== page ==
New research indicates that a New York state law requiring name-based HIV reporting and partner notification has not led to a decline in the willingness of high-risk persons to be tested or to a drop in testing overall.Advertisement
Under the law, which went into effect June 1, 2000, doctors and laboratories are required to report the names of persons with HIV infection, HIV-related illness or AIDS. The reporting of known partners is also mandated, as is screening for intimate partner violence.
"A primary concern with named HIV reporting is that it might deter HIV testing behavior," explained study author Dr. James M. Tesoriero of the state Department of Health's AIDS Institute. "In addition, concern was expressed that the formal integration of HIV partner notification and intimate partner violence screening into New York's law might affect HIV testing behavior."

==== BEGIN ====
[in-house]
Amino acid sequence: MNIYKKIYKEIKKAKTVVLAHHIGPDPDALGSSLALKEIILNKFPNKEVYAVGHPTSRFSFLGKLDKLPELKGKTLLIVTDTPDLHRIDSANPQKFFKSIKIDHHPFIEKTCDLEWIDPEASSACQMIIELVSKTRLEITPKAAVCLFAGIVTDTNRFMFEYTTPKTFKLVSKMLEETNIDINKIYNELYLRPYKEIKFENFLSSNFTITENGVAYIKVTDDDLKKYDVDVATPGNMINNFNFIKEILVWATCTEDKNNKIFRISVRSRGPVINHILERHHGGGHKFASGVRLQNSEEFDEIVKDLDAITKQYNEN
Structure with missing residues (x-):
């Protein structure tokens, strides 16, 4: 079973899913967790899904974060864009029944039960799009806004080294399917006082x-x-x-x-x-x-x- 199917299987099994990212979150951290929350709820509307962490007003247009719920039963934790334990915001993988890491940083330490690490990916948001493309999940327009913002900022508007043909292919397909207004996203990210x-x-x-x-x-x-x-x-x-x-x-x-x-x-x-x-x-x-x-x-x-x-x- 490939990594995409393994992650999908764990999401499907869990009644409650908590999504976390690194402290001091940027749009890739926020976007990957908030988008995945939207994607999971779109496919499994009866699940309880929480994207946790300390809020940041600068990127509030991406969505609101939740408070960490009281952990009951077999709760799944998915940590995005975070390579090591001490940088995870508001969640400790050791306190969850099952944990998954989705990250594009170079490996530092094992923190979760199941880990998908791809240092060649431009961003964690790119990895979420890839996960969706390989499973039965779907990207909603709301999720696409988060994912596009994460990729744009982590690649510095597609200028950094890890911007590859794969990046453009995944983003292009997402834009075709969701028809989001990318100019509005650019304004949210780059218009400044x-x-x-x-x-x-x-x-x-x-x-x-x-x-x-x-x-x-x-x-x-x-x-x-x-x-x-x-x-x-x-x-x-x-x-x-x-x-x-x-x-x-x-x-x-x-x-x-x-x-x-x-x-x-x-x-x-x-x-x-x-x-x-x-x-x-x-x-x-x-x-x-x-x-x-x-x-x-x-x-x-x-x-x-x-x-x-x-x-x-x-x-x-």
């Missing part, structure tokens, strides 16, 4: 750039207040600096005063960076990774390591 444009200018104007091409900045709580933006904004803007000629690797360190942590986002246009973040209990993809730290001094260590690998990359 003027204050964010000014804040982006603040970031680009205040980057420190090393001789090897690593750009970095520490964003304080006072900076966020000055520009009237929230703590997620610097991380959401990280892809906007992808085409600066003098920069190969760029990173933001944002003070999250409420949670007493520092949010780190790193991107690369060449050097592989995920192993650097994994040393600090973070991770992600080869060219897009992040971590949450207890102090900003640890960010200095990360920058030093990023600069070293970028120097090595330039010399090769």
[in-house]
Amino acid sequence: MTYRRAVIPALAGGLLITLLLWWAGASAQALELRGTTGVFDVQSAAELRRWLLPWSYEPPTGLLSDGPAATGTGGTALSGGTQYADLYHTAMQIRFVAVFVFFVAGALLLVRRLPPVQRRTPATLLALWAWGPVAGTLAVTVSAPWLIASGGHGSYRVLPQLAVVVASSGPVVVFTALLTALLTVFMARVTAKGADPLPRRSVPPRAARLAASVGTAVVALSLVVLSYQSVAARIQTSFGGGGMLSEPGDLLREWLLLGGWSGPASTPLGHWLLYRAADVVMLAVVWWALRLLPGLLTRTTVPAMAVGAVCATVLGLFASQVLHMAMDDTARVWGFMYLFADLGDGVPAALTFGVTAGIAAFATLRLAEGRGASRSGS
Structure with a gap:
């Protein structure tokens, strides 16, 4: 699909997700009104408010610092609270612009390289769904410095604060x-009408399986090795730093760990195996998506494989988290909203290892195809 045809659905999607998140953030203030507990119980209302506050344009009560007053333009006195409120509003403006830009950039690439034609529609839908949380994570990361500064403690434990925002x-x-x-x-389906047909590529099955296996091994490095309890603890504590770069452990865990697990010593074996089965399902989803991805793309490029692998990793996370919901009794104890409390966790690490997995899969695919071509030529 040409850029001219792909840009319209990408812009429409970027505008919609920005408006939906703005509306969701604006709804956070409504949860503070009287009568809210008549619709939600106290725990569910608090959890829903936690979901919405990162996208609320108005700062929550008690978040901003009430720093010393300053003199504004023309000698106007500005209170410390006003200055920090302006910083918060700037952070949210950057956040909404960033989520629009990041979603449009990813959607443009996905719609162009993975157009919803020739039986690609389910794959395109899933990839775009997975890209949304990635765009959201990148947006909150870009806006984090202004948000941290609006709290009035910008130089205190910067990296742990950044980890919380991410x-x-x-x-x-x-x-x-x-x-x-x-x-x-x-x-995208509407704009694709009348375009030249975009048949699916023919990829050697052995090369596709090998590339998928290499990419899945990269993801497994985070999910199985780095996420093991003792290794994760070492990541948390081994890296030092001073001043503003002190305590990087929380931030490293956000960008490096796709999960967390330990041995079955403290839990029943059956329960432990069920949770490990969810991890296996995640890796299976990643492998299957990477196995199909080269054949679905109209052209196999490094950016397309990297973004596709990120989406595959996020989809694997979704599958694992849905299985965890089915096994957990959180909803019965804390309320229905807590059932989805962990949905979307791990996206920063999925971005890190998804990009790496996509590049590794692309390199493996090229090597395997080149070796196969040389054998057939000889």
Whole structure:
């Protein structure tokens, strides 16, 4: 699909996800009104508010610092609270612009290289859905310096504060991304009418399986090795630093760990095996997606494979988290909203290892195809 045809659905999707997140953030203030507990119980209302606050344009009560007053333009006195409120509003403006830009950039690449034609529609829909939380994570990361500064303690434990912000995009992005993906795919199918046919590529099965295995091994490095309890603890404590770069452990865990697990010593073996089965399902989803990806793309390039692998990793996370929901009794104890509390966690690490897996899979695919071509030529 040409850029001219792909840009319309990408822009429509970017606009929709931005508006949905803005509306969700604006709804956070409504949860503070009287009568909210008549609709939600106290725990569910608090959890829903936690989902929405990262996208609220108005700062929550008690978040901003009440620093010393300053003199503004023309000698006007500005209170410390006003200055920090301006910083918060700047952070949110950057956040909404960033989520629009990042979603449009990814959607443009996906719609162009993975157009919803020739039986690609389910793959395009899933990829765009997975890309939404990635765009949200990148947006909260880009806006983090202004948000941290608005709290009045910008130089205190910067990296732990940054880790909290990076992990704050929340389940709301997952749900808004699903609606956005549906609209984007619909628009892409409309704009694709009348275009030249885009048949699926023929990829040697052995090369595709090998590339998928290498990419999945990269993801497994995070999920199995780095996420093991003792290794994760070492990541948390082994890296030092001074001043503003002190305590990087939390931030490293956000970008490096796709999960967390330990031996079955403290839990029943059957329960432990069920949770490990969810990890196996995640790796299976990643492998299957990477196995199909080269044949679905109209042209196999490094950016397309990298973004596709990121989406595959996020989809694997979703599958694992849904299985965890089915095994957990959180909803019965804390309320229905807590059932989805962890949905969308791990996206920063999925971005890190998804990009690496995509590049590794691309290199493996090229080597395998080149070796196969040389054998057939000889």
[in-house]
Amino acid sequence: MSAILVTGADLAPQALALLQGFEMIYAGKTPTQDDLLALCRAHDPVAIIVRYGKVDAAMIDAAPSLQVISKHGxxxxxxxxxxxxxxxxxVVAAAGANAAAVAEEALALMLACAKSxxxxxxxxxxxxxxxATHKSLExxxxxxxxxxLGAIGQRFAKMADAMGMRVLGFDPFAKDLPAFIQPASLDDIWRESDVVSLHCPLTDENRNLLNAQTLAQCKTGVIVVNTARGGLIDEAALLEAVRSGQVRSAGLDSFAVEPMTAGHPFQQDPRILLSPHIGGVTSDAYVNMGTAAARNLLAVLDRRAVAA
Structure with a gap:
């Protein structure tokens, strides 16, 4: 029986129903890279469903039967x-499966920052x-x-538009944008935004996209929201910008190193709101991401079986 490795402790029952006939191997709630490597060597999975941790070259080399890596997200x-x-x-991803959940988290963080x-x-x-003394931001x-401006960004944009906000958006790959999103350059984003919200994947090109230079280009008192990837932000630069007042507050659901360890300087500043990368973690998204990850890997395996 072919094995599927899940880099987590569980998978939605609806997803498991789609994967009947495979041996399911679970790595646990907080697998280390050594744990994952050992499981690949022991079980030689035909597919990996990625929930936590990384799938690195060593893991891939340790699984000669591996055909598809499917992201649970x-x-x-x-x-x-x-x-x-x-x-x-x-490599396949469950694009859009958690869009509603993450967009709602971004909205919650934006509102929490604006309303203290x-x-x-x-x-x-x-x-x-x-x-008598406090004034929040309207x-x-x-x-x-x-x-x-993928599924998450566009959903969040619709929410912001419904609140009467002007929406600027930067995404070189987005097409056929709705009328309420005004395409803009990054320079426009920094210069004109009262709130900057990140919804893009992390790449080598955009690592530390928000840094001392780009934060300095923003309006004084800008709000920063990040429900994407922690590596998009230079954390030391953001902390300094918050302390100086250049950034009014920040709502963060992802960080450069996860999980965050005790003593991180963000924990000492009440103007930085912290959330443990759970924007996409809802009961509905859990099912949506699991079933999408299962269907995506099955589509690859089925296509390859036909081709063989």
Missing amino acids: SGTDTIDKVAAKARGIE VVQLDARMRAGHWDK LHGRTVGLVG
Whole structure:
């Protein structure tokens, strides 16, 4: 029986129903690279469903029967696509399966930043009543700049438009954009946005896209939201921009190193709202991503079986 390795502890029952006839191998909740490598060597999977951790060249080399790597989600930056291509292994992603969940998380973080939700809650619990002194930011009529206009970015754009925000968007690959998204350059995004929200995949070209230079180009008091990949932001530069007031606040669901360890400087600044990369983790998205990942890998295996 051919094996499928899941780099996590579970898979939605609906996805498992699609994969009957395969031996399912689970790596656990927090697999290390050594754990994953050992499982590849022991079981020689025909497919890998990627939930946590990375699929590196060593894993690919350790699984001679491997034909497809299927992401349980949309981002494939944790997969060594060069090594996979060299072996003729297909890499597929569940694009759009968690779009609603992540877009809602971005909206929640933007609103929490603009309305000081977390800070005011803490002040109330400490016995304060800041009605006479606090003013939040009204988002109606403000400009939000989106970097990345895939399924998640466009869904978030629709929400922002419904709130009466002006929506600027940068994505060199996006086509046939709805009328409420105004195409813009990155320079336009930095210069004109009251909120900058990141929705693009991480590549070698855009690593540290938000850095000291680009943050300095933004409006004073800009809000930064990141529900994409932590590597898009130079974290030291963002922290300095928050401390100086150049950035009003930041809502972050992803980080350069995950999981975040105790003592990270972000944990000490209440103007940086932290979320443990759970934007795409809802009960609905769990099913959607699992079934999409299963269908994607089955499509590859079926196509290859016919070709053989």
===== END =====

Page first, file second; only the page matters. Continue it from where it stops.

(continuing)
Tesoriero and colleagues examined the effect of the law by performing in-person interviews with 761 persons at high risk for HIV. The researchers found that "high-risk individuals were generally unaware of New York's HIV reporting law and few cited concern about named reporting as a reason for avoiding or delaying testing." The results showed that levels of HIV testing in the state were not impacted by the law.
"HIV reporting has greatly improved the monitoring of New York's HIV/AIDS epidemic," said Tesoriero, and this study's results show "this benefit has not been offset by decreases in HIV testing, including willingness to test among those at highest risk of acquiring HIV."
The study, "The Effect of Name-Based Reporting and Partner Notification on HIV Testing in New York State
," was published online in the American Journal of Public Health
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